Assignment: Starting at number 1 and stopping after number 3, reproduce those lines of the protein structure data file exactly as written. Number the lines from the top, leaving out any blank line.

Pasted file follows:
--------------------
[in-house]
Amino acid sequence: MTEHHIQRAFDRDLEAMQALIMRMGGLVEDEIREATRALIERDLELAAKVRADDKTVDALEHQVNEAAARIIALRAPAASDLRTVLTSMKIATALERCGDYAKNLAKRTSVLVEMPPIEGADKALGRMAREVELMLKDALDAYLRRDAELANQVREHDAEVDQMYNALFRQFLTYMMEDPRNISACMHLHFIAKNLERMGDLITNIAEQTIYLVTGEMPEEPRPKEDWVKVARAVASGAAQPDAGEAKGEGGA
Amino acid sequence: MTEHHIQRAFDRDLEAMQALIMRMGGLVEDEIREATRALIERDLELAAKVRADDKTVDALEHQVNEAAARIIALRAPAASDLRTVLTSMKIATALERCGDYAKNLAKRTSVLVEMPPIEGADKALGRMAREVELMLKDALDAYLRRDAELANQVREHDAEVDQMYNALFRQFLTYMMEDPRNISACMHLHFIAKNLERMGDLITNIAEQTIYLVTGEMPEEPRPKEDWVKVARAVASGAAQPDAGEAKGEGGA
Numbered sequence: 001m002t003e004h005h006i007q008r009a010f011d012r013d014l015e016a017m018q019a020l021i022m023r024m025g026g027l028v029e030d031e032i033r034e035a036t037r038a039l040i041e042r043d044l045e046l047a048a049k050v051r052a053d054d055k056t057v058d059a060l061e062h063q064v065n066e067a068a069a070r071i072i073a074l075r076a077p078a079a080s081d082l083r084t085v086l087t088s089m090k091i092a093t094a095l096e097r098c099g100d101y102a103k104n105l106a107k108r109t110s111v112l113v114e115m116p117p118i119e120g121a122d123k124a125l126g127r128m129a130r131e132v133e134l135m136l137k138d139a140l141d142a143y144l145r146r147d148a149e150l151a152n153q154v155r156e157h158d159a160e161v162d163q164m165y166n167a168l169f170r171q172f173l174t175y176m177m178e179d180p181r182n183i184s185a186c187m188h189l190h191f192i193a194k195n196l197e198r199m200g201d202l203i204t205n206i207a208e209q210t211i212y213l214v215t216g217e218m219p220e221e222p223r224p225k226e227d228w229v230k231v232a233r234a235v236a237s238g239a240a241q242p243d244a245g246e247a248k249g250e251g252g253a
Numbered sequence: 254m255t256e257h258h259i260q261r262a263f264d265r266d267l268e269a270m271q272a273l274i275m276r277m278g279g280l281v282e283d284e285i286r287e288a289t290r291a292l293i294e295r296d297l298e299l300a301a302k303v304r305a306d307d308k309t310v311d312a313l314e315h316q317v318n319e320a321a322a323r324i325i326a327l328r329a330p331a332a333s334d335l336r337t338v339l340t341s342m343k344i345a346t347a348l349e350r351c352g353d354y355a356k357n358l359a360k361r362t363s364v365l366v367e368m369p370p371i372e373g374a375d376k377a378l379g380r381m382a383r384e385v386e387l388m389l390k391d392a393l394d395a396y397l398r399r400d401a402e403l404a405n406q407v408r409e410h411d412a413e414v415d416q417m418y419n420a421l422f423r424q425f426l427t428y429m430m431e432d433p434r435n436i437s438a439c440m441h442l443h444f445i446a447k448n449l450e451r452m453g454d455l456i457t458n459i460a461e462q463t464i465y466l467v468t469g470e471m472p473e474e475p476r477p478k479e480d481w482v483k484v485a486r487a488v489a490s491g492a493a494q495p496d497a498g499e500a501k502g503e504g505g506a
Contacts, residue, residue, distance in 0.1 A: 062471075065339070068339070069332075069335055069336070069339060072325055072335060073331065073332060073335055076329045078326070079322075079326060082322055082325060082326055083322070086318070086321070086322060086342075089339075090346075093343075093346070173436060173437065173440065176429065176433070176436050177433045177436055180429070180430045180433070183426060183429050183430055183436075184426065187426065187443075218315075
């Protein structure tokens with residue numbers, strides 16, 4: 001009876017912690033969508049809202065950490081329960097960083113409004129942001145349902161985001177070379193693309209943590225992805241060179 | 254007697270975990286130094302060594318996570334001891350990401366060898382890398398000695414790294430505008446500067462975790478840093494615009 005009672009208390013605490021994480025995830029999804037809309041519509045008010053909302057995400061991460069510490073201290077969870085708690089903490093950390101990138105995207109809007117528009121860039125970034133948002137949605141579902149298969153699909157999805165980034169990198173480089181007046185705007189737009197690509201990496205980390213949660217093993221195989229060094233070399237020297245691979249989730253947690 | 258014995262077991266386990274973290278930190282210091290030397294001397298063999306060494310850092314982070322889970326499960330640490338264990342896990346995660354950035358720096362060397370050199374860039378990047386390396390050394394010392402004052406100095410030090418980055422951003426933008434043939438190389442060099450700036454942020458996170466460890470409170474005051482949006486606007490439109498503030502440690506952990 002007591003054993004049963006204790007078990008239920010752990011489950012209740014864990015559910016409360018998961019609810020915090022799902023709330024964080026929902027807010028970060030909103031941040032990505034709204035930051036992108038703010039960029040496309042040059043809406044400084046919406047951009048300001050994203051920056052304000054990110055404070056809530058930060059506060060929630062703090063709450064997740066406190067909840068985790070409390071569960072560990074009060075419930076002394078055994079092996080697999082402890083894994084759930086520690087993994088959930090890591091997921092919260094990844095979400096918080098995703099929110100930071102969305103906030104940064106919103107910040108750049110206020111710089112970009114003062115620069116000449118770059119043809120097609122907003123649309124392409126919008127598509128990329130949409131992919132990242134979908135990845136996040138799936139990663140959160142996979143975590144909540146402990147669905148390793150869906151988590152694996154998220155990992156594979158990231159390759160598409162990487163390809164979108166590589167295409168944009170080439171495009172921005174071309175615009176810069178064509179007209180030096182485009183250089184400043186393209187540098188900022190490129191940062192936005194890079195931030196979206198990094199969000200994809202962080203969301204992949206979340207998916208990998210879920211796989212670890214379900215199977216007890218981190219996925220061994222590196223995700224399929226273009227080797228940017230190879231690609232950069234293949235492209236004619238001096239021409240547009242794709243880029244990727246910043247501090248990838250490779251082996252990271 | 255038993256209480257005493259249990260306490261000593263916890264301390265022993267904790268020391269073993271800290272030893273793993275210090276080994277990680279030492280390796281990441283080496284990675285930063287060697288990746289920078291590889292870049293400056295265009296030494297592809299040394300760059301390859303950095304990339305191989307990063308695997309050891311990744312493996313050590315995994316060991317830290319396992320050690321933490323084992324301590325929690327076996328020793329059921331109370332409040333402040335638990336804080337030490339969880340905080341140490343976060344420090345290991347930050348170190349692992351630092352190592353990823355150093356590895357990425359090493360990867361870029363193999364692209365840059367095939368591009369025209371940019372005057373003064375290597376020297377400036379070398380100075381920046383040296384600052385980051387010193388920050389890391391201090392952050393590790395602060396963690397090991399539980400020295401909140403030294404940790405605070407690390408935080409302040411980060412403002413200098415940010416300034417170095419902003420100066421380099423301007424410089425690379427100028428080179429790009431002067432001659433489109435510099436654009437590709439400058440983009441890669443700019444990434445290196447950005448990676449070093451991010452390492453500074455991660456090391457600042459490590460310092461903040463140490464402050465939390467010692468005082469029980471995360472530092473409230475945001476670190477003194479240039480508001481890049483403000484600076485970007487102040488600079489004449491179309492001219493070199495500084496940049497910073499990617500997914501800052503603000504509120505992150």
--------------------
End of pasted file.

[in-house]
Amino acid sequence: MTEHHIQRAFDRDLEAMQALIMRMGGLVEDEIREATRALIERDLELAAKVRADDKTVDALEHQVNEAAARIIALRAPAASDLRTVLTSMKIATALERCGDYAKNLAKRTSVLVEMPPIEGADKALGRMAREVELMLKDALDAYLRRDAELANQVREHDAEVDQMYNALFRQFLTYMMEDPRNISACMHLHFIAKNLERMGDLITNIAEQTIYLVTGEMPEEPRPKEDWVKVARAVASGAAQPDAGEAKGEGGA
Amino acid sequence: MTEHHIQRAFDRDLEAMQALIMRMGGLVEDEIREATRALIERDLELAAKVRADDKTVDALEHQVNEAAARIIALRAPAASDLRTVLTSMKIATALERCGDYAKNLAKRTSVLVEMPPIEGADKALGRMAREVELMLKDALDAYLRRDAELANQVREHDAEVDQMYNALFRQFLTYMMEDPRNISACMHLHFIAKNLERMGDLITNIAEQTIYLVTGEMPEEPRPKEDWVKVARAVASGAAQPDAGEAKGEGGA